The Daughters of Mars is a moving, meaty story of two Australian
sisters who volunteer as nurses during World War 1. I was enthralled from page
one with its combo of plot, character and rich historical setting. The women
travel from Australia to Egypt to Europe and back again and we see the
changing, volatile world through their eyes. This book is a strong and
satisfying read that I think lots of readers will love.
In what is perhaps “the best novel of his career” (The Spectator), the acclaimed author of Schindler’s List tells the unforgettable story of two sisters whose lives are transformed by the cataclysm of the first world war.
In 1915, Naomi and Sally Durance, two spirited Australian sisters, join the war effort as nurses, escaping the confines of their father’s farm and carrying a guilty secret with them. Amid the carnage, the sisters’ tenuous bond strengthens as they bravely face extreme danger and hostility—sometimes from their own side. There is great humor and compassion, too, and the inspiring example of the incredible women they serve alongside. In France, each meets an exceptional man, the kind for whom she might relinquish her newfound independence—if only they all survive.
At once vast in scope and extraordinarily intimate, The Daughters of Mars is a remarkable novel about suffering and transcendence, despair and triumph, and the simple acts of decency that make us human even in a world gone mad.
About the Author
Thomas Keneally began his writing career in 1964 and has published thirty-three novels since, most recently Crimes of the Father, Napoleon’s Last Island, Shame and the Captives, and the New York Times bestselling The Daughters of Mars. He is also the author of Schindler’s List, which won the Booker Prize in 1982, The Chant of Jimmie Blacksmith, Gossip from the Forest, and Confederates, all of which were shortlisted for the Booker Prize. He has also written several works of nonfiction, including his boyhood memoir Homebush Boy, The Commonwealth of Thieves, and Searching for Schindler. He is married with two daughters and lives in Sydney, Australia.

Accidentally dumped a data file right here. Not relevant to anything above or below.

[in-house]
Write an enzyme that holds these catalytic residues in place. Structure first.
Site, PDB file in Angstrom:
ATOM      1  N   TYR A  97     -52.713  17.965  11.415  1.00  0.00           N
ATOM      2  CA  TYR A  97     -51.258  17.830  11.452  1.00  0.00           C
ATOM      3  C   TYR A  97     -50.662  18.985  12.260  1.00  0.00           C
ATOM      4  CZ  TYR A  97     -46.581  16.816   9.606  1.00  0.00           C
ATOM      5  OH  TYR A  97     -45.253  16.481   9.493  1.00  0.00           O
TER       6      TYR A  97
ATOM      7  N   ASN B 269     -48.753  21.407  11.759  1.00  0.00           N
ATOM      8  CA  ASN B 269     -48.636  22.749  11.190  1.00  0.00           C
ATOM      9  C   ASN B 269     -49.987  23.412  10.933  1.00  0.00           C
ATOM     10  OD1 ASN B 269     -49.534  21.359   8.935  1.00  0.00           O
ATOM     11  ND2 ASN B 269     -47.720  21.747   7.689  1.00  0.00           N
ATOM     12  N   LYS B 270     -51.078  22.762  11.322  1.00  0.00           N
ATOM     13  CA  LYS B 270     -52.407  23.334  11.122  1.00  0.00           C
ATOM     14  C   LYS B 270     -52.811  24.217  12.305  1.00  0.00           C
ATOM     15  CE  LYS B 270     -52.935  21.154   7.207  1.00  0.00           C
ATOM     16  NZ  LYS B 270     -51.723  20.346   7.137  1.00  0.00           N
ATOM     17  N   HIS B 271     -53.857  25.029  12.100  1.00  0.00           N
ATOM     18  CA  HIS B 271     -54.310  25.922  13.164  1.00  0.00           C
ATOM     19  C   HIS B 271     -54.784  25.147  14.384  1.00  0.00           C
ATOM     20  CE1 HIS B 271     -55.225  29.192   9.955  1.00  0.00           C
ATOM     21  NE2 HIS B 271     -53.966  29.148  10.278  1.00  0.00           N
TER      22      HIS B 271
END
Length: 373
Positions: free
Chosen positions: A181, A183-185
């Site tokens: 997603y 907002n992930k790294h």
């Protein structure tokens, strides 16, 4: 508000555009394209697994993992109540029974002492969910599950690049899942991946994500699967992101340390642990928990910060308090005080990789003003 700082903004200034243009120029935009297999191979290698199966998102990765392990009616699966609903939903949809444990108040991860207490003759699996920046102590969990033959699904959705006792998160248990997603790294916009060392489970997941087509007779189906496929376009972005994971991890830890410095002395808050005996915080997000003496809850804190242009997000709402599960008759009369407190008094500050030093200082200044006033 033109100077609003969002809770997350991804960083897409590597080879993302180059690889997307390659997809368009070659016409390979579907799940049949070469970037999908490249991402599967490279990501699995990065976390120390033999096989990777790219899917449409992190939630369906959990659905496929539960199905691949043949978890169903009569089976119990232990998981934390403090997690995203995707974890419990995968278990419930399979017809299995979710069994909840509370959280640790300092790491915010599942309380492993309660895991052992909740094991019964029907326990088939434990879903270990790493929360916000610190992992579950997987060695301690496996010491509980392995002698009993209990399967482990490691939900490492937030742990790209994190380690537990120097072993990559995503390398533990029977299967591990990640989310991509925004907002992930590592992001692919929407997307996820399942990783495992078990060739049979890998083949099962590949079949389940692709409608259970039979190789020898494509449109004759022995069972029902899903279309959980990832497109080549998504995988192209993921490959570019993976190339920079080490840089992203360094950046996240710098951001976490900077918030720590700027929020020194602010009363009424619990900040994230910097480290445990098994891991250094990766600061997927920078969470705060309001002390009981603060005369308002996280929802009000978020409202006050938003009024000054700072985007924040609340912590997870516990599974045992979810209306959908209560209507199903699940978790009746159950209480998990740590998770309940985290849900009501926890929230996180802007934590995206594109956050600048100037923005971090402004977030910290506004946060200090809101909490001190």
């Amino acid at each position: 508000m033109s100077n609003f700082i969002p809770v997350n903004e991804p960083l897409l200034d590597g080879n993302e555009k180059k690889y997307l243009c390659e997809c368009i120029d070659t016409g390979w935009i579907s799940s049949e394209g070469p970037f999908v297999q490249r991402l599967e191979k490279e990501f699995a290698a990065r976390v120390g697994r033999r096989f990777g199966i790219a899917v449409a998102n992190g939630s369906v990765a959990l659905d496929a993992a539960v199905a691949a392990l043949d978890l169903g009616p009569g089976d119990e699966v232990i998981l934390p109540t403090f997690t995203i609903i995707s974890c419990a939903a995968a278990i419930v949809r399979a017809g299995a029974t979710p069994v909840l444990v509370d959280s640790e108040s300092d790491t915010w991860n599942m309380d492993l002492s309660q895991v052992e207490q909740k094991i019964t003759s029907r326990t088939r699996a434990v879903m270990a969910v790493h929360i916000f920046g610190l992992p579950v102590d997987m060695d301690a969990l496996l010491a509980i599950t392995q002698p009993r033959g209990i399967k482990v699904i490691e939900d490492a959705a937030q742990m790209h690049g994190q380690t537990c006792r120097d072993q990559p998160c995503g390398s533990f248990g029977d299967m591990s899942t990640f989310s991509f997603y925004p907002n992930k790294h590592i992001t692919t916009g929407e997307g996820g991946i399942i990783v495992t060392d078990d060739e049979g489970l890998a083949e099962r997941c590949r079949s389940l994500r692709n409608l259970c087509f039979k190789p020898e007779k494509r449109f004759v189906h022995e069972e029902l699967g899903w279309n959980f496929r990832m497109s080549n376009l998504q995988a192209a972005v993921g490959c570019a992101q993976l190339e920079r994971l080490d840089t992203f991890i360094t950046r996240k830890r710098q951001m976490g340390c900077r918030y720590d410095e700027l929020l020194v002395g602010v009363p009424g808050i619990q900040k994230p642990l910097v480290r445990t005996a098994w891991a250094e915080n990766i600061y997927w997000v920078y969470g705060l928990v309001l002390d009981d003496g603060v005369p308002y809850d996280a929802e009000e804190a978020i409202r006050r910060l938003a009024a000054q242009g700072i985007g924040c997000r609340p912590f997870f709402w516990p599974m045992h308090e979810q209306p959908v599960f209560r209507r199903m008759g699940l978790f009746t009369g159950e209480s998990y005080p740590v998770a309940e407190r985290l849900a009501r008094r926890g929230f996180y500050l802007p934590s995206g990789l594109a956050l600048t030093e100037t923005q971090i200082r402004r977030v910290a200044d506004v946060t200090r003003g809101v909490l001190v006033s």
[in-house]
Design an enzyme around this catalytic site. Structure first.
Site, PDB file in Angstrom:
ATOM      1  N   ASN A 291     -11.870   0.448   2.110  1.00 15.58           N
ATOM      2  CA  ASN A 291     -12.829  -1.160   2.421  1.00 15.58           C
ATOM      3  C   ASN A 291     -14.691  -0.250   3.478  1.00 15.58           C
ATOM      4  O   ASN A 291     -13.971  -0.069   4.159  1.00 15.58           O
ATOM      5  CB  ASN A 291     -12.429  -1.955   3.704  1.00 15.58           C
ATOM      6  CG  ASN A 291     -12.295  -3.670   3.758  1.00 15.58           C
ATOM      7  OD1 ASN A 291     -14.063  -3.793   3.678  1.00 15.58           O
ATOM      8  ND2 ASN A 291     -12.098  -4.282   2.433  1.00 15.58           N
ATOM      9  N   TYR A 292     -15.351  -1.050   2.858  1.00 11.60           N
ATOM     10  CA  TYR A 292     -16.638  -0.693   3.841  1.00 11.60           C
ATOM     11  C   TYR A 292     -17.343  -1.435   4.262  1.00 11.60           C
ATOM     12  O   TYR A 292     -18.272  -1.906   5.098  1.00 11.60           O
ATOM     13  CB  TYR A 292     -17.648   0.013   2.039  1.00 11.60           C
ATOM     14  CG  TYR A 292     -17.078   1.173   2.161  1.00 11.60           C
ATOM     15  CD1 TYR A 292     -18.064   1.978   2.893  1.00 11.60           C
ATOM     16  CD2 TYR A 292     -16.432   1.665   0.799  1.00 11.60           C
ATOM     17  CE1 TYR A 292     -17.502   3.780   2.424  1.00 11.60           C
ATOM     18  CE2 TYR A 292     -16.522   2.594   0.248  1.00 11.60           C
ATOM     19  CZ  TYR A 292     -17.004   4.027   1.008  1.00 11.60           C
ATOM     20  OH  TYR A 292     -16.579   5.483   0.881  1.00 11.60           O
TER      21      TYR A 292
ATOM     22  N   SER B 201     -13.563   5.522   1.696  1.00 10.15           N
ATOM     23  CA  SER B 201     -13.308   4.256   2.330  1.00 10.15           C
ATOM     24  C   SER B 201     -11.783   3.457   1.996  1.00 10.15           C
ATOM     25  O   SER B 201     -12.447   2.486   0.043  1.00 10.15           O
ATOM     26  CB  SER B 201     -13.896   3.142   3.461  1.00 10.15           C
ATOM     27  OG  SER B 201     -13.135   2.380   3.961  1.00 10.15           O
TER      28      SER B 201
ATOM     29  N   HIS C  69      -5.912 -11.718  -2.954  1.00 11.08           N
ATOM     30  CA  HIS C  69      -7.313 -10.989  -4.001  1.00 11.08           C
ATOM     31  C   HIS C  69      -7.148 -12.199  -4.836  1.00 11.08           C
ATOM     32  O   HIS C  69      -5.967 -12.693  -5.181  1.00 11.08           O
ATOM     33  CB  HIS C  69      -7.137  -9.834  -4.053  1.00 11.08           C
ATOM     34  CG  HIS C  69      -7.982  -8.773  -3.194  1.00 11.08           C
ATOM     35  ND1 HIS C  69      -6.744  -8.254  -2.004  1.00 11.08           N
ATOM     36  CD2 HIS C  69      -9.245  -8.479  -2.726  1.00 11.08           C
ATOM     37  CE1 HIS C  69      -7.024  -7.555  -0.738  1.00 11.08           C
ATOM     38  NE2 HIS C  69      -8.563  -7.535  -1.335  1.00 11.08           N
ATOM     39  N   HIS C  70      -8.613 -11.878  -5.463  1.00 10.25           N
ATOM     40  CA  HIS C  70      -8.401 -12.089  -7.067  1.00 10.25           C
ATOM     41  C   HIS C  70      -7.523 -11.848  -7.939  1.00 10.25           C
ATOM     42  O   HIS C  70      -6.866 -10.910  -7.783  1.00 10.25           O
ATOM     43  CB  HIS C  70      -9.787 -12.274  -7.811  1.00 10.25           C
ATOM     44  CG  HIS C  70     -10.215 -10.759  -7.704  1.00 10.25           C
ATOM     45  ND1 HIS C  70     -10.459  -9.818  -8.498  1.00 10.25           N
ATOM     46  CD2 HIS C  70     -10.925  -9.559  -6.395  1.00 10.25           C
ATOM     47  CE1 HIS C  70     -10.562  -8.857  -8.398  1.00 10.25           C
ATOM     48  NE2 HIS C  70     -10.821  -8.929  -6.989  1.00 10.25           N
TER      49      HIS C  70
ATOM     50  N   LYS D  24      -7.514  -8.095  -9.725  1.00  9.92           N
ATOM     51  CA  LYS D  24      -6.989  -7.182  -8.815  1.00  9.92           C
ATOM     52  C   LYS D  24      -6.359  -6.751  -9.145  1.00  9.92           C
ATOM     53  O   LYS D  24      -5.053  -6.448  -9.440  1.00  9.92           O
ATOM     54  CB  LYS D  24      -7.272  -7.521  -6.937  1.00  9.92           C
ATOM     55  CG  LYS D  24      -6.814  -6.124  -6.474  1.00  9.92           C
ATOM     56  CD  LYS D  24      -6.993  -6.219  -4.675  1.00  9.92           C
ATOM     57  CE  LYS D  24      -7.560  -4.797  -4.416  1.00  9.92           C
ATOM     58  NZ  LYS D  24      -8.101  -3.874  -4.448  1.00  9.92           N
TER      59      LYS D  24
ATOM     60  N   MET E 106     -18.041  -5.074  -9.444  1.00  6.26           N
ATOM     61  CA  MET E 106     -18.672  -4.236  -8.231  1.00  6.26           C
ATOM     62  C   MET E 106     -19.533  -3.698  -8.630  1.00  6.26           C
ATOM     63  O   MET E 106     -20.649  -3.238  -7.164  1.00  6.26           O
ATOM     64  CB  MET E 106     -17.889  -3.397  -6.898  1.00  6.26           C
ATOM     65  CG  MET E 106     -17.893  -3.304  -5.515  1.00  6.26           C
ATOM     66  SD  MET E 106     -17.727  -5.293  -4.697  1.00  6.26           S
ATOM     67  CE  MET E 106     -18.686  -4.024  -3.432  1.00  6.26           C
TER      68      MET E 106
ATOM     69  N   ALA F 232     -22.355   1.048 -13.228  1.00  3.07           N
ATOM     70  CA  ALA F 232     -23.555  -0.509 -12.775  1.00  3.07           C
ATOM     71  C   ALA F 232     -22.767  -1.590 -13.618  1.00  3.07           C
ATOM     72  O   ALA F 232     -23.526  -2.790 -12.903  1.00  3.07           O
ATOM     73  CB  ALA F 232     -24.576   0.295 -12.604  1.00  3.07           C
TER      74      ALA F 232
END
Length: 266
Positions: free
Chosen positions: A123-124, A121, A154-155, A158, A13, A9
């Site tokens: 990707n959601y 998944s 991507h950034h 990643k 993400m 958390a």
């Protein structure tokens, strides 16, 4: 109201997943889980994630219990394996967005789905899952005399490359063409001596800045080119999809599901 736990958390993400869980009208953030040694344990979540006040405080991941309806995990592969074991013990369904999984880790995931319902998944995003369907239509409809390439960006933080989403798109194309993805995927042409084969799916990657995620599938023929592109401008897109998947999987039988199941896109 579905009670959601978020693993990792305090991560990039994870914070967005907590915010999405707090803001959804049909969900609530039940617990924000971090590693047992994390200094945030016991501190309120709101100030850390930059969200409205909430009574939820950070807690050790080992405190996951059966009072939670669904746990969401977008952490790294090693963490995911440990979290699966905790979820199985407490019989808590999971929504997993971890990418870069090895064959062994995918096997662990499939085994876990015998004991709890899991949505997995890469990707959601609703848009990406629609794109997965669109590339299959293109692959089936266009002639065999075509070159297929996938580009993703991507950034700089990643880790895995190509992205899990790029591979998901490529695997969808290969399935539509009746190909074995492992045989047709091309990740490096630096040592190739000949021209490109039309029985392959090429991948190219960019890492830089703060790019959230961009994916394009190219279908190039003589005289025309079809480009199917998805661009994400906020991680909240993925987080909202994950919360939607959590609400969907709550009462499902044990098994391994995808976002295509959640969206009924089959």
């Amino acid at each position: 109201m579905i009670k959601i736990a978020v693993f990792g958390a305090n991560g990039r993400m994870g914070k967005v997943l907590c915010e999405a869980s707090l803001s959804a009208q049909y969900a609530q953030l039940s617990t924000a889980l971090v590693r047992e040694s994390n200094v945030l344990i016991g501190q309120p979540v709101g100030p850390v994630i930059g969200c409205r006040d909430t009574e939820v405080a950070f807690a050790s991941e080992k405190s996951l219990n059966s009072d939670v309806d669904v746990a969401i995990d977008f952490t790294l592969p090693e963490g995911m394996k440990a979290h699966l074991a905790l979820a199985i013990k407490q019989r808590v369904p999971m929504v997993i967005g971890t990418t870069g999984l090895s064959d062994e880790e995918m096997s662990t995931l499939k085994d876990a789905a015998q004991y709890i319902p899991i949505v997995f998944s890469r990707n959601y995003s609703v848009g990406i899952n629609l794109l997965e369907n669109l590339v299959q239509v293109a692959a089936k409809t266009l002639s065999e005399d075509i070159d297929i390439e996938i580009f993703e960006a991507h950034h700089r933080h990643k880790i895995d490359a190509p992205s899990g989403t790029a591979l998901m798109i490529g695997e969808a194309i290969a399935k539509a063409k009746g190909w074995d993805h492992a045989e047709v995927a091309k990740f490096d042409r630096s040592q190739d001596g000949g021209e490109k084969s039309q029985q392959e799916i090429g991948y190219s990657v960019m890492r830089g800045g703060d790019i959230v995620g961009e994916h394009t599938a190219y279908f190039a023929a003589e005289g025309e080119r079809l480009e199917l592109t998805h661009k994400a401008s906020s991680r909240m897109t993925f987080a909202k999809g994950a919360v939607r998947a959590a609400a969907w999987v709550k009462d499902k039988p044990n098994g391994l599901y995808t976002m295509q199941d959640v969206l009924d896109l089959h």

“Poignant . . . masterly . . . epic . . . [Keneally] has rescued forgotten heroines from obscurity and briefly placed them center stage.” — The New York Times Book Review
“A burly, captivating saga of Australian nurses on the front lines of World War I... Inscribed with the stately, benign authority of an eminent tale-spinner. ” — Wall Street Journal
“Magnificent… a stunning performance, full of suspense, searing particulars, and deep emotion.… The huge talents of Thomas Keneally are everywhere on display.” — The Guardian
"The Daughters of Mars is the work of a master storyteller, sharing a tale that is simultaneously sprawling and intimate." — NPR
"[A] poignant novel." — New York Times, Editor's Choice
“May be the best novel of Keneally’s career… a book that aims for, and achieves, real grandeur.” — The Spectator, One of the Best Books of 2012
"An epic, sweeping book." — LA Times
“Extraordinarily moving…Keneally isa master of character development and period detail…. Fans of Downton Abbey and Gallipoli alike will find much to admire in Keneally’s fast-moving, flawlessly written pages.” — Kirkus Reviews, starred review
“Superbly exciting to read….. An unmissable, unforgettable tribute.” — The Times (London)
“Not only is The Daughters of Mars one of the most ambitious novels in a career that stretches back to 1964, but it might even be the best… The result is something few other authors would aim for, let alone achieve: genuine grandeur." — The Telegraph
“A big and brutal book, a new prism through which to think about World War I…breathtaking…magnificent and almost magical. There are moments of joy, of pleasure, that make you look up from their page for a while to arrest and savour their sensation.” — The Australian
“Along with a Tolstoyan ability to describe the horrors of battle, this amazing book also has an extraordinary intimacy, especially in the relationship between the sisters...an altogether towering achievement.” — A.N. Wilson
“Now, at last and triumphantly, there is a full-scale Keneally novel of the Great War...All of it is handled by Keneally with calm mastery. If epic is no longer a literary category that fits this world, The Daughters of Mars nonetheless has a tragic and humane span that few recent novels have attempted, let alone equalled.” — Canberra Times
“Expansive and brilliant…a masterpiece that is sure to rank among Keneally’s best works. “ — Bookpage
"Greatly detailed... boasts authentic characters set in equally authentic locations." — Booklist
“Like the warriors of Homer’s Iliad, Keneally gives readers a sense of the vast and continuous casualties dealt by war and reminds us that each soldier was once a boy armed with little more than a pitchfork.” — The Missourian
"Keneally has summoned all of his ample talent to write a sweeping novel of World War I." — Pittsburgh Post-Gazette
“By Page 6, readers can put up their feet and relax. They know they're in the reassuring hands of a master storyteller, and a fascinating read lies ahead. “ — San Jose Mercury News